Justice Minister Heiko Maas said he had lost confidence in the chief prosecutor, Harald Range, who had hours earlier accused him of interfering in the judicial process.
The unusual public clash centres on a treason probe Range launched against the blog Netzpolitik.org for publishing classified plans by Germany's domestic security agency to expand its Internet surveillance.
News of the probe against Netzpolitik.org, which calls itself a digital civil rights blog, last Thursday set off a storm of protest and vows of solidarity from journalists, bloggers and politicians, who charged it was an attempt to silence investigative reporters.
Netzpolitik journalist Andre Meister, one of the journalists who had been under investigation, told The Local last week that the investigation was "absurd" and a "heavy blow" for press freedom in Germany.
"This is an attempt to curtail the media publishing damaging material, but it is also an attempt to put pressure on sources to stop leaking in the future," he said.
On Twitter #Landesverrat (#treason) became a top trending topic, while street protests and online petitions condemned Germany's first such investigation against the media in over half a century.
Minister Maas, with the support of Chancellor Angela Merkel, quickly distanced himself from the investigation, voicing doubt that the published documents indeed amounted to "state secrets".
Range fired back on Tuesday, openly accusing Maas of "an intolerable encroachment on the independence of the judiciary".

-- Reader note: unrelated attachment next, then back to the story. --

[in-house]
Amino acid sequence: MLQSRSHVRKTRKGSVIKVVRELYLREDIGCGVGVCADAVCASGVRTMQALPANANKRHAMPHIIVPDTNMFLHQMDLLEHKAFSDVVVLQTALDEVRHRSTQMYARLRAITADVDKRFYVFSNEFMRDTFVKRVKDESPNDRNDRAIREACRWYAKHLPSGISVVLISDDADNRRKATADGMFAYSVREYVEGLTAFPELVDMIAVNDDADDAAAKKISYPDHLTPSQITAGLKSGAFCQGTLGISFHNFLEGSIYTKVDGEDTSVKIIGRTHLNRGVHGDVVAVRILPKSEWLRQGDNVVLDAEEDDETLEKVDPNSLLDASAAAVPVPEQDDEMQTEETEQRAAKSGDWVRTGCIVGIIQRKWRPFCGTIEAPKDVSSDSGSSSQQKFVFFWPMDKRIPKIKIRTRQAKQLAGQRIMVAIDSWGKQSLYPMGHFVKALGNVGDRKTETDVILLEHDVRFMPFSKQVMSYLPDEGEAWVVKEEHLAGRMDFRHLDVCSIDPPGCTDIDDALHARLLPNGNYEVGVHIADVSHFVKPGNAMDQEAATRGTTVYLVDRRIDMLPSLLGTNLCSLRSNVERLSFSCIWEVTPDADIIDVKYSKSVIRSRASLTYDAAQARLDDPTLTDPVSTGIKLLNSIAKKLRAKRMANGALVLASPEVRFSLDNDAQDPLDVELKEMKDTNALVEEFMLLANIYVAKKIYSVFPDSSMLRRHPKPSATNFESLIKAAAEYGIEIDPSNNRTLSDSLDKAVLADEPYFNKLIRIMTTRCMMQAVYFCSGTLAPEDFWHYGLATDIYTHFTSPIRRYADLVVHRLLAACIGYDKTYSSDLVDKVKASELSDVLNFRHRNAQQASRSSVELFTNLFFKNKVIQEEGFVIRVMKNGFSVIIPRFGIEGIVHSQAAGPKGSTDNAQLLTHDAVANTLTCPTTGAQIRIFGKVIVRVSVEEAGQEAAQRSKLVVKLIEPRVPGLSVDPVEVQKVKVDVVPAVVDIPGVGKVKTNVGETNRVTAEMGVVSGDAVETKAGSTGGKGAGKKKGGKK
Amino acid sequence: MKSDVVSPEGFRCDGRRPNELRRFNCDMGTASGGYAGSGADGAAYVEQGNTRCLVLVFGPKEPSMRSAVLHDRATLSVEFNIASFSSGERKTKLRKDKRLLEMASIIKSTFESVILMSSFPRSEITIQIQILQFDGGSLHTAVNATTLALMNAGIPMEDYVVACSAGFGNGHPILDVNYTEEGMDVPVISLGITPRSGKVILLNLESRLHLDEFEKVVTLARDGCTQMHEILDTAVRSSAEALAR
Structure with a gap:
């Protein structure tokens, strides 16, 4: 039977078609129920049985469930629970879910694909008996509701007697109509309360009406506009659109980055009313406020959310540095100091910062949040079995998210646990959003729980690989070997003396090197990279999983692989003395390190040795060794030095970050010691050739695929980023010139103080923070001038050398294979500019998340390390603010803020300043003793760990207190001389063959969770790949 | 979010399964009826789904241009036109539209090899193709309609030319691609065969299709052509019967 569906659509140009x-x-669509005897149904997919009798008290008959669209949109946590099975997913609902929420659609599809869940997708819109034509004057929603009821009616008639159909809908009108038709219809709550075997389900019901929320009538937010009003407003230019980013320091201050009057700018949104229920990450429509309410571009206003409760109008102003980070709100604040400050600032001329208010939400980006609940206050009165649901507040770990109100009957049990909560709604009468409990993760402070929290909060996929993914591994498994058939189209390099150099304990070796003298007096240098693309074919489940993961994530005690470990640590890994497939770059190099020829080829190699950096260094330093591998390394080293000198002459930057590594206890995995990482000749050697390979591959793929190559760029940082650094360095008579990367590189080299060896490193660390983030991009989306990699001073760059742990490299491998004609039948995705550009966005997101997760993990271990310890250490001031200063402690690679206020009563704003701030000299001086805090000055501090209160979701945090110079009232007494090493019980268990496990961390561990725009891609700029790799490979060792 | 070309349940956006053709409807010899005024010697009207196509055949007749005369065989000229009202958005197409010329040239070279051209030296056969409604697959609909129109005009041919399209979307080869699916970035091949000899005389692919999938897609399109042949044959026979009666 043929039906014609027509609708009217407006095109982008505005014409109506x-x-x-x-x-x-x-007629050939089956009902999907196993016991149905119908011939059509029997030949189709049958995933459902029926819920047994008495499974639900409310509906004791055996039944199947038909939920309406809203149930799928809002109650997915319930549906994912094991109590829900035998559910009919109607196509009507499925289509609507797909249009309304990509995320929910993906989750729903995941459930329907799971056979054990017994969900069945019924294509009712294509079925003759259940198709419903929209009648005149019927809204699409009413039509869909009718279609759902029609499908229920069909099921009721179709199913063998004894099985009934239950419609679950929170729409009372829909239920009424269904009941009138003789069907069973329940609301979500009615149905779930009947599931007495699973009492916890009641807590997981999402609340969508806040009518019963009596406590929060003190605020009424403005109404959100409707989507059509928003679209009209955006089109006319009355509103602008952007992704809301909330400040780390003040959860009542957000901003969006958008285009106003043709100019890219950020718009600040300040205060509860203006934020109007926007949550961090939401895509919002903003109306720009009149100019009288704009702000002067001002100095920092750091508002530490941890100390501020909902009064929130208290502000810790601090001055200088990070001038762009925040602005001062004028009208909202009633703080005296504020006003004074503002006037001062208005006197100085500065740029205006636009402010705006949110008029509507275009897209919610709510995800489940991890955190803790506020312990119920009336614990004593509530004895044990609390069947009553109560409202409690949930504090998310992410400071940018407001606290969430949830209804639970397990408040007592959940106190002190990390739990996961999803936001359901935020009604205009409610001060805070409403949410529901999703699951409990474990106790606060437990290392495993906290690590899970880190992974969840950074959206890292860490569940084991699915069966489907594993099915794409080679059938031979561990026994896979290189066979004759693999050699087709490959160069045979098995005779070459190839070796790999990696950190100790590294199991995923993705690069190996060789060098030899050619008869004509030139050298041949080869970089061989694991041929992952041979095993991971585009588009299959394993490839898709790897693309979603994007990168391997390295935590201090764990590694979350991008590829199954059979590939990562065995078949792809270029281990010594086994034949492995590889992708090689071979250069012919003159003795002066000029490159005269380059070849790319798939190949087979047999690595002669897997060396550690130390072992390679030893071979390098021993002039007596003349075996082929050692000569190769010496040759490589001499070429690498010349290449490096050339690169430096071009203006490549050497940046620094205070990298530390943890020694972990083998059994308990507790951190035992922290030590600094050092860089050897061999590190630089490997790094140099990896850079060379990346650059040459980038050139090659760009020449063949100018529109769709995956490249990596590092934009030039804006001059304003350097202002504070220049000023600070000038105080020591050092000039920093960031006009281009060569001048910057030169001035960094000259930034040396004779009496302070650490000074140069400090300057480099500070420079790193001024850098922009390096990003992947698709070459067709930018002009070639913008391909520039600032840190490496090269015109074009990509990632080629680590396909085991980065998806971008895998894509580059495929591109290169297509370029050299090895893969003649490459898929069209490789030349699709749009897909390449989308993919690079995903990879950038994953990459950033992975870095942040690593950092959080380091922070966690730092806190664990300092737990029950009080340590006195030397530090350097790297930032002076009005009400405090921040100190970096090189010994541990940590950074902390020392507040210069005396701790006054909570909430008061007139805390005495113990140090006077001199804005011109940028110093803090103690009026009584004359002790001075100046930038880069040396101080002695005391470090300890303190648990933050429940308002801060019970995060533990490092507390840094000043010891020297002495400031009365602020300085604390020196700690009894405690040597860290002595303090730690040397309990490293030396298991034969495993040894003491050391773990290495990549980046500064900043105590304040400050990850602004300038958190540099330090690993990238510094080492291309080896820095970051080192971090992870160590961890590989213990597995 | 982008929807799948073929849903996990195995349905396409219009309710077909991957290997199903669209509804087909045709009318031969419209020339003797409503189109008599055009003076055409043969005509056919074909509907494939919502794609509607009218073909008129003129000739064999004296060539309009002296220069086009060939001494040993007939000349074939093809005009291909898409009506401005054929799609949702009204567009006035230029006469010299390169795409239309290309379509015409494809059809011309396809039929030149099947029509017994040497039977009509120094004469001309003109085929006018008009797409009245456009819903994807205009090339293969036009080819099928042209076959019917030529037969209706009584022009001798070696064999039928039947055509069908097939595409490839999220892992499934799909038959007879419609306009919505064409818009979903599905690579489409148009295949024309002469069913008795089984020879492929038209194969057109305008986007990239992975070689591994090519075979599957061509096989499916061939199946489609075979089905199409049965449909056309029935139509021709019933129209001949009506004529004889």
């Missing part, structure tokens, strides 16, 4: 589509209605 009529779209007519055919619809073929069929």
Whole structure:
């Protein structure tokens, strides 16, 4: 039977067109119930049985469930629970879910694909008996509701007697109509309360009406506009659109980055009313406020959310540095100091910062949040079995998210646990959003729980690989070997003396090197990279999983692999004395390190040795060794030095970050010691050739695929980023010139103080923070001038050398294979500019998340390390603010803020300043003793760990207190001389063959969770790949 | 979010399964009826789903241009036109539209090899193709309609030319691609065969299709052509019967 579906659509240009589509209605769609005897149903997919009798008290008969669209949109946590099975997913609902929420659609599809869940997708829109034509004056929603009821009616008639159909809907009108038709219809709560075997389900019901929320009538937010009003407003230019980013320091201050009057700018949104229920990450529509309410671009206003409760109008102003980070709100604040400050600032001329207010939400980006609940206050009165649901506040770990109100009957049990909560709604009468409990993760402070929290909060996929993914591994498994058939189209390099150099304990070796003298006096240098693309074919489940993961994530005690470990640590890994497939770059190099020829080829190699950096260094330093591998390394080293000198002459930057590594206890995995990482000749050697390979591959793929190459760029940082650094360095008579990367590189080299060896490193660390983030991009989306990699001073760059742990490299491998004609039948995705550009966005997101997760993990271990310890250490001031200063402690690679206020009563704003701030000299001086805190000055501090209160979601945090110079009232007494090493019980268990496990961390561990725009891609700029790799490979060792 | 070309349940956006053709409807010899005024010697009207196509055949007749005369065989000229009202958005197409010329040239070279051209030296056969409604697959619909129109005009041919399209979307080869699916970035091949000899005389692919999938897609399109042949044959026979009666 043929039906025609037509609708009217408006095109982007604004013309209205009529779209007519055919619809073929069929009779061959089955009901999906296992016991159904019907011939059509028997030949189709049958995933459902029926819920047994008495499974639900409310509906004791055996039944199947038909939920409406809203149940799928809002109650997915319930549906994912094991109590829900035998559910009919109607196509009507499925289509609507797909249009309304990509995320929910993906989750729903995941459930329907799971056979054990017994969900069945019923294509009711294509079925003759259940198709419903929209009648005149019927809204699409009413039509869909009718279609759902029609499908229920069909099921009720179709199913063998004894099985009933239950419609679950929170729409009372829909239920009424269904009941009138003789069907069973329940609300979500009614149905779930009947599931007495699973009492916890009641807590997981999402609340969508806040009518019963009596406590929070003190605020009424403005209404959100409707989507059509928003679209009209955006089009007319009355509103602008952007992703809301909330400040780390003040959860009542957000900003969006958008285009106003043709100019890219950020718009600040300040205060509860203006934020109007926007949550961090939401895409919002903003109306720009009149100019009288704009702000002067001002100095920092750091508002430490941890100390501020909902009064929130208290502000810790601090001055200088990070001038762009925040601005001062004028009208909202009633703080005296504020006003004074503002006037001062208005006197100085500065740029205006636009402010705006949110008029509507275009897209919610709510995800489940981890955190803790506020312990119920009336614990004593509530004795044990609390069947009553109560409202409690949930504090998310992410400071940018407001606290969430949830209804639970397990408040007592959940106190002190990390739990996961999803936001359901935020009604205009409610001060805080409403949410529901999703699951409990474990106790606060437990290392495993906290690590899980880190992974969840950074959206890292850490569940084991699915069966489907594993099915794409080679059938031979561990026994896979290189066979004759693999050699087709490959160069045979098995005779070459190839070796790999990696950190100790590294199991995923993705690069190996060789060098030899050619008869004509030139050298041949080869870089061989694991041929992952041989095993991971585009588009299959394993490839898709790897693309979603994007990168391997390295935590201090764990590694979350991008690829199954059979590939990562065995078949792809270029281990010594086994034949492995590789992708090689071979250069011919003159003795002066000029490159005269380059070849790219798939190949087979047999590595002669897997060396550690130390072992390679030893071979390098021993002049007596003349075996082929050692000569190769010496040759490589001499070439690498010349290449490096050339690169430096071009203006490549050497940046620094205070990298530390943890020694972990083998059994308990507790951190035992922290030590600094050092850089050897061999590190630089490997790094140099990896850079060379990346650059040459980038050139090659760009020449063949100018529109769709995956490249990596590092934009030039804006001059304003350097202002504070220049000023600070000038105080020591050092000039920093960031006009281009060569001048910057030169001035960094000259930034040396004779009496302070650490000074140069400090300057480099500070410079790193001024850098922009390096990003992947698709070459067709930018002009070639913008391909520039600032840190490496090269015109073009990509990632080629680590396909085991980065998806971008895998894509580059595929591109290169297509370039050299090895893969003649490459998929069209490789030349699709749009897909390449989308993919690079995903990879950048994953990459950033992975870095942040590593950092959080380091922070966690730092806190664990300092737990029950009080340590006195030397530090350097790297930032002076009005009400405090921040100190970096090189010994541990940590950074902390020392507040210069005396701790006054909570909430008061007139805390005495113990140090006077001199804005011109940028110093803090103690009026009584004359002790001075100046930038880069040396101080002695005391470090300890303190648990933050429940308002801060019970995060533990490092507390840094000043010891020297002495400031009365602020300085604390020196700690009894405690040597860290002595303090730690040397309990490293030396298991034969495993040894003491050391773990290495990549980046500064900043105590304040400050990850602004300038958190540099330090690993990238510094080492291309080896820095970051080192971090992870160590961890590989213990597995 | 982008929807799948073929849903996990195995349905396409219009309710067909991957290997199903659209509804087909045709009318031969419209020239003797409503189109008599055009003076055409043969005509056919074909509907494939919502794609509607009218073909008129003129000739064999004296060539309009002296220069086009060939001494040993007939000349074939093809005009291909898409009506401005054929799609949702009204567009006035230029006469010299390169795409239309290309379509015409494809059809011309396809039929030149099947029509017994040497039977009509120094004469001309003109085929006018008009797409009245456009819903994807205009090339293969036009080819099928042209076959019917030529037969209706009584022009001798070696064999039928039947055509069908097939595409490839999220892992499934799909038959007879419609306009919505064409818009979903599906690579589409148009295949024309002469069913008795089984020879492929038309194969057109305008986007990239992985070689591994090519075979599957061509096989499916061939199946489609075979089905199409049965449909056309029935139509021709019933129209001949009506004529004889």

Hours later Maas responded, calling a press conference in which he rejected Range's accusations and dismissed his statements as "incomprehensible and misleading" for the public.
Maas said he had told the 67-year-old chief prosecutor that he had "lost confidence" in him and, with Merkel's support, would ask President Joachim Gauck to send him into early retirement.
The controversy has flared amid persistent anger in Germany over the US National Security Agency's mass surveillance activities revealed by fugitive intelligence contractor Edward Snowden, and questions about the extent of German cooperation.
Netzpolitik founder Markus Beckedahl said Tuesday he saw the treason probe as an "attempt to intimidate" journalists and their sources to stop reporting on aspects of "the greatest surveillance scandal in the history of humanity".
It was Range who earlier launched an investigation into alleged NSA eavesdropping on Merkel's mobile phone, then dropped the case citing a lack of evidence. Critics of the latest probe, against Netzpolitik, have accused his office of double standards.
Range on Tuesday defended his investigation, saying that an independent expert had agreed that the papers published by Netzpolitik appeared to be state secrets, as asserted by domestic security agency chief Hans-Georg Maassen.
The chief prosecutor said he had informed the justice minister of this but was told "to immediately stop" the process of commissioning outside advice.
Range said he had complied, but added angrily that "to exert influence on an investigation because its possible outcome may not be politically opportune represents an intolerable encroachment on the independence of the judiciary".
On the broader Netzpolitik case, Range said: "The freedom of the press and of expression is a valuable asset. But this freedom, including on the Internet, is not limitless. It does not absolve journalists of the duty to comply with the law."
The case also made waves abroad. The Organisation for Security and Cooperation in Europe on Tuesday urged that the probe be stopped, in an open letter to Foreign Minister Frank-Walter Steinmeier.
"The threat of being charged with treason has a clear general chilling effect on journalists engaged in investigative reporting," wrote OSCE media freedom representative Dunja Mijatovic.
"I urge the authorities in Germany to look into the case and ensure that freedom of information and freedom of the media are respected, and hope the investigation is terminated."